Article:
MAMA ANNICE’S GIRLS

.Assisgnment :NEW Options Class

Shelton State Community College

A Study of the influence of the matriarch on the Female Descendants
Questions
1. What are the ways each generation of women is like the preceding generations?
2. What do those of the same generation have in common?
3. How do economic and sociological forces impact upon the implied and expressed values that have been passed down?
4. Are those values changes or diluted by marriage?
5. What compromises are made?
6. What are consistent themes running through the 7 generations I have known?
7. How much of this is part of “Southern” tradition and how much is family teaching?
8. What is the incidence of divorce in each generation?
9. What is the effect of newer family structures like families living together without marriage in the family patterns?
10. How do the comformists relate to the non comformists?
11. How are the cousins alike and how are they different?

Annice Deane Barton was born October 15, 1913, the eighth child in a family of nine children. In the rural community of Ralph, Alabama, her parents were known as good neighbors and neighborhood leaders. Her father served as Democratic Beat Committeeman for 65 years and as local constable almost as long.

They lived on the Barton home place so other relatives came back to visit home long after the previous generation had passed away. There were always extended family- cousins, aunts, and other relatives dropping by. Mollie Cork, Annice’s widowed grandmother and her unmarried daughter had come to live on the farm as well and a small house was built for them in the side yard of the Barton house.
Annice Deane Barton and Lawrence Graham were married in 1934 during the depths of the Depression. When I was born in 1936 I was part of the first generation to be born in a hospital. My grandmother Barton had often served as midwife, but my parents wanted hospital care.
As many families trying to get by during the Depression (my parents thought of it in capital letters) we lived in multiple family groups for several years. We lived with both sets of my parents’ families according to where my father could find work.
When a job for my father opened up in Tuscaloosa, we moved to town and family members moved in with us. My father’s two single sisters, a widowed sister and her two children, and my mother’s brother were part of the family group at various times. As some married, others came to stay until they could make it on their own.
Many important social skills are learned in the crucible of necessary togetherness. Little privacy means that each member carefully respects the tiny space each other carves out. Too personal questions remain unasked, and advice and judgments are kept to a minimum to reduce conflict. When discord arises a cooling off period is followed by working out manageable coexistence. These skills are taught to succeeding generations.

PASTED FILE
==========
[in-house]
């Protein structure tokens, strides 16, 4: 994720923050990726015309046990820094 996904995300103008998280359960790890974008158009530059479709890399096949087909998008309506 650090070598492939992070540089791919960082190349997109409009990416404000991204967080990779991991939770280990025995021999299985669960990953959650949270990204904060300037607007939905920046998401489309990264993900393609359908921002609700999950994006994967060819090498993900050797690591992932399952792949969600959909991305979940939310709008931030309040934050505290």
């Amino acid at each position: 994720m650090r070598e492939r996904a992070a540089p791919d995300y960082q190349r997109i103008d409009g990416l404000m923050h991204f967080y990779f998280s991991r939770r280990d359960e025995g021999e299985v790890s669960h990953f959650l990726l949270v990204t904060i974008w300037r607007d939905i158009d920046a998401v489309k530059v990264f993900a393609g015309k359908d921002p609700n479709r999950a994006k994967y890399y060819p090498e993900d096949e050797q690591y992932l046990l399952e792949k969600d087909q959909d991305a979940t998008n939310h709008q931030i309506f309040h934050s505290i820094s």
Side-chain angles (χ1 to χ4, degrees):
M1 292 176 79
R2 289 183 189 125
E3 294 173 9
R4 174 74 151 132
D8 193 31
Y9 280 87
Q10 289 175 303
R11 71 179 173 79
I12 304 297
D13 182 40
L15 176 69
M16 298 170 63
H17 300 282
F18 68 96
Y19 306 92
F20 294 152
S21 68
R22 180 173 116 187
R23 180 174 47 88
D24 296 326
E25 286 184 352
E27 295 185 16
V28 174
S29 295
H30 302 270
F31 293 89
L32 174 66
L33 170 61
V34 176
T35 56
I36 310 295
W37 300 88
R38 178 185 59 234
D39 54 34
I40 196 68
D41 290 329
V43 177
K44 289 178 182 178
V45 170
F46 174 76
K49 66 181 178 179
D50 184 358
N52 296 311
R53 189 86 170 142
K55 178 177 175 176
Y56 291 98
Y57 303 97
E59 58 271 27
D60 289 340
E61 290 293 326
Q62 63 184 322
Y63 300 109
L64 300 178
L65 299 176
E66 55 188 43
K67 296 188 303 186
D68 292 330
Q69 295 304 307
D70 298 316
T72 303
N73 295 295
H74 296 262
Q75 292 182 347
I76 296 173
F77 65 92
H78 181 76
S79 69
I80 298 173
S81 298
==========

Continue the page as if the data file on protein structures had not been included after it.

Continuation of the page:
We grew up sharing our home with others
In 1941 my father was hired to work in a government shipyard in the war boomtown of Pascagoula, Mississippi. Men job hungry from the depression poured into a town with little housing available. They “boarded” with local families during the week and saved precious gas for visits home on weekends.

. In addition to caring for her three young children, my mother cooked and did laundry for the boarders. She bought the first new washing machine in the neighborhood with her earnings and the family enjoyed new found prosperity.
In 1945 we moved back to a little frame house built from used lumber on the family farm. My father bought back part of the farm my grandfather lost when his business failed and provided his parents with the house in which they had raised their children. They were there when they died many years later.
My father worked in town and my mother handled the details for the farm while caring for her four children. She fed the animals, did the milking, chopped firewood, and did equipment and fence repairs. Her father in law who was in poor health, came down and entertained the younger children when she had to work outside.
After my first husband left me pregnant with one child I moved back in with my parents and siblings. The house was too small, but they made room. With their encouragement I went to the University of Alabama and received a B. S. in 35 months. They provided room and board and child care. I rode to Tuscaloosa with my father as he went to work and walked from downtown to the University. They have never complained about the added expense or the crowding. The only cash they paid toward my college education was the $15 for my diploma. My siblings helped, too, often buying clothes or shoes for my daughters.